Project Summary: Decoding the electrical and chemical signals in neural circuits is essential to understand the communication between different brain regions and how these neural networks give rise to a particular function at the level of the whole organism. Therefore, recording or modulating neural activity with high spatiotemporal resolution is necessary. Ideally it is desired to achieve this noninvasively for long-term translation of these technologies to behaving animals and eventually to humans. The general tradeoff in neural stimulation and recording technologies is between spatial resolution and the size of the region covered by the recording/stimulation sites. Noninvasive technologies offer stimulation and recording capability in a large brain area, but suffer from low spatial and temporal resolution and limited depth. Invasive technologies provide improved spatial and temporal resolution to interrogate the activity of a single neuron, but fail to scale beyond tens or hundreds of neurons. In this project, we aim to develop a tool that is capable of ultrasonic neural stimulation in a 3D volume by dynamic beamforming and real-time recording of hemodynamic activity in response to stimulation by volumetric photoacoustic imaging. The described technology will equip the neuroscience community with a research tool to further explore the emerging field of ultrasonic neural stimulation and to monitor metabolic/hemodynamic responses in awake/behaving animals with real-time photoacoustic imaging. Using high-frequency ultrasound enables micrometer-millisecond spatiotemporal resolution for stimulation. Using a fast-repeating laser source, the same can be achieved for monitoring the activity. Use of a 2D transducer array enables combination of ultrasound neuromodulation and photoacoustic imaging in the same device because a target site in a 3D volume can be stimulated and hemodynamic response can be monitored by photoacoustic imaging at all other points in the overall 3D volume. 2D transducer arrays that are commonly available can stimulate a point on a plane and reconstruct the image of the same plane only, which is very restricting. The specific objective of this exploratory study is to develop a 10-MHz, 16x16-element, 2D CMUT array with integrated electronics and optics that is capable of ultrasonic neural stimulation in a 20x20x20-mm3 volume by dynamic transmit beamforming and real-time recording of hemodynamic activity in response to stimulation by volumetric photoacoustic imaging. To fulfill this objective, we have identified the following specific aims: Specific Aim 1: Design and implement a 10-MHz, 16x16-element 2D wideband (>100% fractional band- width, i.e. from 5 MHz to 15 MHz) CMUT array with through-wafer interconnects. Specific Aim 2: Design and implement a pixel-pitch-matched integrated circuit with 16x16 channels capable of phased array transmission for ultrasound neural stimulation and receiving from all elements in a time-multiplexed fashion for photoacoustic imaging. Specific Aim 3: Validate the prototype in-vivo in anesthetized and behaving animals.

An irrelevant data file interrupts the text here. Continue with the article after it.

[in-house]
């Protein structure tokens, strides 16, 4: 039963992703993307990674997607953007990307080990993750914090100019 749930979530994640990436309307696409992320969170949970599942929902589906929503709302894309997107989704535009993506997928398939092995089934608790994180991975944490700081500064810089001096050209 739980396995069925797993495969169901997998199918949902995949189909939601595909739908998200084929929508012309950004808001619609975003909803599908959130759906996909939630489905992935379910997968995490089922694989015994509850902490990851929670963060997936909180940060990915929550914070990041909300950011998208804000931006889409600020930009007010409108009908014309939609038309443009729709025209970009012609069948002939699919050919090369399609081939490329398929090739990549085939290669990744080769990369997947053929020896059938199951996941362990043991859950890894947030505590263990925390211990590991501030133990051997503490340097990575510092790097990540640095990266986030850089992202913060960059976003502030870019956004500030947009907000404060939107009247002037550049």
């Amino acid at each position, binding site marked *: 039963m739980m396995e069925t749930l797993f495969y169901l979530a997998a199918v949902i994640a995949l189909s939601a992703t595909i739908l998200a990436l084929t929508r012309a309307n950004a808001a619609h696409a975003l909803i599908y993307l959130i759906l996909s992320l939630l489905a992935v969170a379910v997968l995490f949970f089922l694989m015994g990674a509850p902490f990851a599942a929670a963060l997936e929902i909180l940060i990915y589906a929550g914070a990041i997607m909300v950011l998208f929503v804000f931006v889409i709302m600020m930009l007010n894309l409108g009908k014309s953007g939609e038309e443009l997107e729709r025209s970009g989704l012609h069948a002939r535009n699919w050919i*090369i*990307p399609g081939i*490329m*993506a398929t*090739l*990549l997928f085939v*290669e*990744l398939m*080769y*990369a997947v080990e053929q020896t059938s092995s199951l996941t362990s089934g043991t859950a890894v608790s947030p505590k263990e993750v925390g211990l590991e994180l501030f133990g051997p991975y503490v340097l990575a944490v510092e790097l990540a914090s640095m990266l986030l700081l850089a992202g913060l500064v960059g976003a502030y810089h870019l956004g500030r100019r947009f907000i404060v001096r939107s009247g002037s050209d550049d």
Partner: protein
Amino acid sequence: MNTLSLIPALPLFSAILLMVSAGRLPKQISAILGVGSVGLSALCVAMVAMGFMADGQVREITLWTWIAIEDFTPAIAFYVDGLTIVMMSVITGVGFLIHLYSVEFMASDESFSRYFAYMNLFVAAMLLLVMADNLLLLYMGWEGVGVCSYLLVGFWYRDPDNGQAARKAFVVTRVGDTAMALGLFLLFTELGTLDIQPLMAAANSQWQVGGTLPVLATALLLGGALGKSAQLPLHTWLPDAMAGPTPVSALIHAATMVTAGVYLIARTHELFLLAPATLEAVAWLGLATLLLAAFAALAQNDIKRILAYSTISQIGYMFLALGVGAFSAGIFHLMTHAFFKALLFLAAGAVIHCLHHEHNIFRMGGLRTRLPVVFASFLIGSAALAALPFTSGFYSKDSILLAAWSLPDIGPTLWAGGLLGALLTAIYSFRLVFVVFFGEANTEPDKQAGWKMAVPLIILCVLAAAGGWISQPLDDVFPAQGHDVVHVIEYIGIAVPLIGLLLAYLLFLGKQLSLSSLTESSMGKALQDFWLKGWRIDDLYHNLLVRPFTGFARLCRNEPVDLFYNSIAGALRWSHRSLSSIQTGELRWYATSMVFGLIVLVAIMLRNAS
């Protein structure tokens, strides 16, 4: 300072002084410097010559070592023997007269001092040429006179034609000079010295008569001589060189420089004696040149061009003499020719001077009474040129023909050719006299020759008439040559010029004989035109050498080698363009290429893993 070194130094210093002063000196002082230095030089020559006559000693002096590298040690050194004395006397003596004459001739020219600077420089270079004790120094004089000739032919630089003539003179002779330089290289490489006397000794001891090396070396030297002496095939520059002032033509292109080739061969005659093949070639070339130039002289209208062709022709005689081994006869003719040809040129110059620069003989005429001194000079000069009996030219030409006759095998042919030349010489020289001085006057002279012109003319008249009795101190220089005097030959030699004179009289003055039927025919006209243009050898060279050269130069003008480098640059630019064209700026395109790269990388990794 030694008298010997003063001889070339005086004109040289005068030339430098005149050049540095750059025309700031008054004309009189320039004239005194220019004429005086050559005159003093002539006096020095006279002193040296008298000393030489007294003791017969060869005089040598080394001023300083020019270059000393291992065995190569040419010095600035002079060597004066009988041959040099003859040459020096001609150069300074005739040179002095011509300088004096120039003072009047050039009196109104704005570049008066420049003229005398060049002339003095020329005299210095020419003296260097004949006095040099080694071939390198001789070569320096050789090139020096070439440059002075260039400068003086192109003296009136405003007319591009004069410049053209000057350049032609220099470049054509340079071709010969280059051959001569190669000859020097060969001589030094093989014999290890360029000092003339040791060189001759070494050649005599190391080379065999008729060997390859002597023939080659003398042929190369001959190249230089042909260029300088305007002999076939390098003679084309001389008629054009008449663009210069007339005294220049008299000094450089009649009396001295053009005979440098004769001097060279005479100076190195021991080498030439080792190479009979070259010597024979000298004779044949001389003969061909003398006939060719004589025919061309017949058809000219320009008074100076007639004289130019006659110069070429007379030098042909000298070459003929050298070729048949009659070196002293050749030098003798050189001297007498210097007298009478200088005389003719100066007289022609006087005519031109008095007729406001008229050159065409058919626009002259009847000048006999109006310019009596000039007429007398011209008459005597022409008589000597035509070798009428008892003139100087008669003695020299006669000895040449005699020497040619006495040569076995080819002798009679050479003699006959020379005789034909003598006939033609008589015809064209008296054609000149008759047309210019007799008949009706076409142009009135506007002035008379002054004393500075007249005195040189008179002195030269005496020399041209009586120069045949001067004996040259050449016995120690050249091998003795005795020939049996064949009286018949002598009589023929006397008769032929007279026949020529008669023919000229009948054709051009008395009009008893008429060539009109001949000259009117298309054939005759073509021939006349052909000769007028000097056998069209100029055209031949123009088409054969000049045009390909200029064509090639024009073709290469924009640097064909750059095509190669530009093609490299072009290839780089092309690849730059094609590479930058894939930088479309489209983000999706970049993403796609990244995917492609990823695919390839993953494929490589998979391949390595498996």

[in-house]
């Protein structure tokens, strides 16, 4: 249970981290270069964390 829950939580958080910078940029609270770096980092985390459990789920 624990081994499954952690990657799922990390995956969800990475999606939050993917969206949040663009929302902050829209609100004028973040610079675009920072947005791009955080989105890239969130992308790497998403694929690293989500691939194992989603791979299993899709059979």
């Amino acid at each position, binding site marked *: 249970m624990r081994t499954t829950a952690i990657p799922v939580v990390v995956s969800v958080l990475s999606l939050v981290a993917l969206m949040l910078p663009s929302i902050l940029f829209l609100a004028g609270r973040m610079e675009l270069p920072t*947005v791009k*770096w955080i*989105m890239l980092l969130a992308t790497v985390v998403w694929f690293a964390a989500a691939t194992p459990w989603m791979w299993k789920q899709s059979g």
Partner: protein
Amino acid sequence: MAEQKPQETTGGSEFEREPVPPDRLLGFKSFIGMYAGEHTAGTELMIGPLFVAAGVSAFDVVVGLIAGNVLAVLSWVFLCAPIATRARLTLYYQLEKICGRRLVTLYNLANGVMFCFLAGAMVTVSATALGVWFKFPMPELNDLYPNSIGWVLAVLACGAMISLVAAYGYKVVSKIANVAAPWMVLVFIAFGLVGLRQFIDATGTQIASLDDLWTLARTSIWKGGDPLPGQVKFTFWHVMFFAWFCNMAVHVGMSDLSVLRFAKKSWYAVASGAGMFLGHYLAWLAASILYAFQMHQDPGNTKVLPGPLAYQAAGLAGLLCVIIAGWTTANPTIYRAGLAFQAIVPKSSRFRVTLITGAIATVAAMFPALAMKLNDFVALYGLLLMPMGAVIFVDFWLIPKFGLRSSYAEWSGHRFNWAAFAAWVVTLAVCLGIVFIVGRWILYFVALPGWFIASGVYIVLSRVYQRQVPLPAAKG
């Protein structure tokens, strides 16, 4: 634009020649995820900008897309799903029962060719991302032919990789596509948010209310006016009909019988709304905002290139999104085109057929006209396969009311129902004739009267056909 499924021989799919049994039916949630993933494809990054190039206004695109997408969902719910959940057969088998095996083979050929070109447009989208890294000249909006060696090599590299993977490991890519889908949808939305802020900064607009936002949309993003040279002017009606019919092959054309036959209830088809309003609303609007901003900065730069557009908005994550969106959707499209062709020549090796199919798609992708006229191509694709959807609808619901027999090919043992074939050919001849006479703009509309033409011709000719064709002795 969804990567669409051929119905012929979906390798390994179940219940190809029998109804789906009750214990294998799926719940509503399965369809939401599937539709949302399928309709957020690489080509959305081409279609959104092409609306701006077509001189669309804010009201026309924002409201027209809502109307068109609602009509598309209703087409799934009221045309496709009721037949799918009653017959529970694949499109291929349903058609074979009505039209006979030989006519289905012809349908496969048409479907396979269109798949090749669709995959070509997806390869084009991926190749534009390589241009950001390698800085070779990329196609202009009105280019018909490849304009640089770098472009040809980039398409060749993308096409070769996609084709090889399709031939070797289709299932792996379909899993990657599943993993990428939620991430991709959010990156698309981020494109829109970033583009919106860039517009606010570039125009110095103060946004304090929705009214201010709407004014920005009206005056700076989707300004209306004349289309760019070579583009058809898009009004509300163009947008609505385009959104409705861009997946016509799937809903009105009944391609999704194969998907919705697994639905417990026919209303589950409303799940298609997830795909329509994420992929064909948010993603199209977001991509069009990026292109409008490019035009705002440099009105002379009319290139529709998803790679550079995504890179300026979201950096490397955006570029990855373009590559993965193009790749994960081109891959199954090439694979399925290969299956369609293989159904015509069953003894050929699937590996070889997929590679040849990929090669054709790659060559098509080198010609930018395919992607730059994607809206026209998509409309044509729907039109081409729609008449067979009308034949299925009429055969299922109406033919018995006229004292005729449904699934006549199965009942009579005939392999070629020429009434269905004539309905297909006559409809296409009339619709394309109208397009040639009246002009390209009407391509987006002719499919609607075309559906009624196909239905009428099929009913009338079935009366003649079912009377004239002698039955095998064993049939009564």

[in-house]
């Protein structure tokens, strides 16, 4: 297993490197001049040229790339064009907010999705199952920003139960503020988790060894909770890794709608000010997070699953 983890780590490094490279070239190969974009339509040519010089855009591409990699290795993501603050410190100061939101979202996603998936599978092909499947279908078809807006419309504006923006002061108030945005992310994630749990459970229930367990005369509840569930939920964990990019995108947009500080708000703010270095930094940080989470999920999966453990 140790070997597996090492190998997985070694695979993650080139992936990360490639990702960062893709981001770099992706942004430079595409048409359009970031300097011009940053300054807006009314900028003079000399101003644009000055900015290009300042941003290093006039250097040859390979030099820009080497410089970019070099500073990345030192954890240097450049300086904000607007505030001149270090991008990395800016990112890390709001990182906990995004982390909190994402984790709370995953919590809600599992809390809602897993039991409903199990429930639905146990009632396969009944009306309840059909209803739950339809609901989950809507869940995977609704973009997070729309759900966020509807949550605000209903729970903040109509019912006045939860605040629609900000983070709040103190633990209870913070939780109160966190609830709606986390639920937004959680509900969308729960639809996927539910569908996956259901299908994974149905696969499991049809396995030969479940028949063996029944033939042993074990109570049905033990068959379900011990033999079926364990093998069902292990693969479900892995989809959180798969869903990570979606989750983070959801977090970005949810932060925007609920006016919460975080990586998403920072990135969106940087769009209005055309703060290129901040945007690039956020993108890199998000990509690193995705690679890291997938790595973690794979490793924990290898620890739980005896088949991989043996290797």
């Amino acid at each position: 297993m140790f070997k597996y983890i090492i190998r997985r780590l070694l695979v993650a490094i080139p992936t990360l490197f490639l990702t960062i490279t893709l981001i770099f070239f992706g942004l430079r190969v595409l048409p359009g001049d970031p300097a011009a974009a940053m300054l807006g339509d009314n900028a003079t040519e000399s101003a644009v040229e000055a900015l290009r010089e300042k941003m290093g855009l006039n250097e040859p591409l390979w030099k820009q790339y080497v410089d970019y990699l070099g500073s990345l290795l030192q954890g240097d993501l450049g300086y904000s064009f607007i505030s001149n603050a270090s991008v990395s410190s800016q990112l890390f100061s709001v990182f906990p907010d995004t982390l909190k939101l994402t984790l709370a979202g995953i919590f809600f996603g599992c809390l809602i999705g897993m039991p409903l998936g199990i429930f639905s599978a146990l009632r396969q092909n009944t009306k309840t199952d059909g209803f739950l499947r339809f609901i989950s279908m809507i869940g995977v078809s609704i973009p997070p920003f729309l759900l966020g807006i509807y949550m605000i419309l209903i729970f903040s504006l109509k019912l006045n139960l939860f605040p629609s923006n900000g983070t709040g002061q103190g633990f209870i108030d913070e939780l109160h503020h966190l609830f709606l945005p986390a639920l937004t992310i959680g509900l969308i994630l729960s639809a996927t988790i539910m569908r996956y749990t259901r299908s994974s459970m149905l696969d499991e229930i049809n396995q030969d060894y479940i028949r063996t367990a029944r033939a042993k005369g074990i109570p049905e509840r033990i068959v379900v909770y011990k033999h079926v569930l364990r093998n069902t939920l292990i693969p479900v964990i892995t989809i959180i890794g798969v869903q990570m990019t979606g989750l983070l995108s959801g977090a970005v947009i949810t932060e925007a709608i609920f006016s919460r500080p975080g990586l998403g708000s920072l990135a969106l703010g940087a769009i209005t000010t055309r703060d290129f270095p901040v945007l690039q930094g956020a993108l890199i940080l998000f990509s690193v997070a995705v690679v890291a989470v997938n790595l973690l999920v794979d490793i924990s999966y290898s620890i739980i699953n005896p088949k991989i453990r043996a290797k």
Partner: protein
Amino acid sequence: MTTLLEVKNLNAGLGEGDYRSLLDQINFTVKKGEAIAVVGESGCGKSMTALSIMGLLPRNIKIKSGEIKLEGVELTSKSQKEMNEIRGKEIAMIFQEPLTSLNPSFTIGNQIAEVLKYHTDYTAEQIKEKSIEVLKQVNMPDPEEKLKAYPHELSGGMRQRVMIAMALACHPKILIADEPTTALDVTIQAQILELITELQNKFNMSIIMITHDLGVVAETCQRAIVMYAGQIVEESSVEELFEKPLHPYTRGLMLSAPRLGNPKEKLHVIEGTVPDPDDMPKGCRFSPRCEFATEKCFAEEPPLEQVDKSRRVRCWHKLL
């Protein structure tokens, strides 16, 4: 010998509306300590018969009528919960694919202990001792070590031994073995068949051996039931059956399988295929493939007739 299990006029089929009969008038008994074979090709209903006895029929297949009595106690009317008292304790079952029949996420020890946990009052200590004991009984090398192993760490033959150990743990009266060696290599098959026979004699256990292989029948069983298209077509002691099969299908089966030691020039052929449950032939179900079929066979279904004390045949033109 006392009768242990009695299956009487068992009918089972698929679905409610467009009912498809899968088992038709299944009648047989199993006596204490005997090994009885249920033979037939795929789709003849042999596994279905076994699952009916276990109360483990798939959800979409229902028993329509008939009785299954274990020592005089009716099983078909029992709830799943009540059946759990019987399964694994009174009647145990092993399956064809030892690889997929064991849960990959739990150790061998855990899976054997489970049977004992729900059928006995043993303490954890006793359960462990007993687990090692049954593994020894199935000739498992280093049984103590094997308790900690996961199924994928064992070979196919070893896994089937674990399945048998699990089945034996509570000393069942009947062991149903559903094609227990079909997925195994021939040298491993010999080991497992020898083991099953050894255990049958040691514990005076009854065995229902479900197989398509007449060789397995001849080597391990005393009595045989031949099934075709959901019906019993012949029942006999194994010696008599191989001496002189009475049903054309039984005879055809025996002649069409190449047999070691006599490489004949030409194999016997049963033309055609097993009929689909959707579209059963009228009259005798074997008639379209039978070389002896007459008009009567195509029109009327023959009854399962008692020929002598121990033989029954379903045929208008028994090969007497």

|Effective start/end date||9/1/17 → 8/31/20|
- National Eye Institute: $204,368.00
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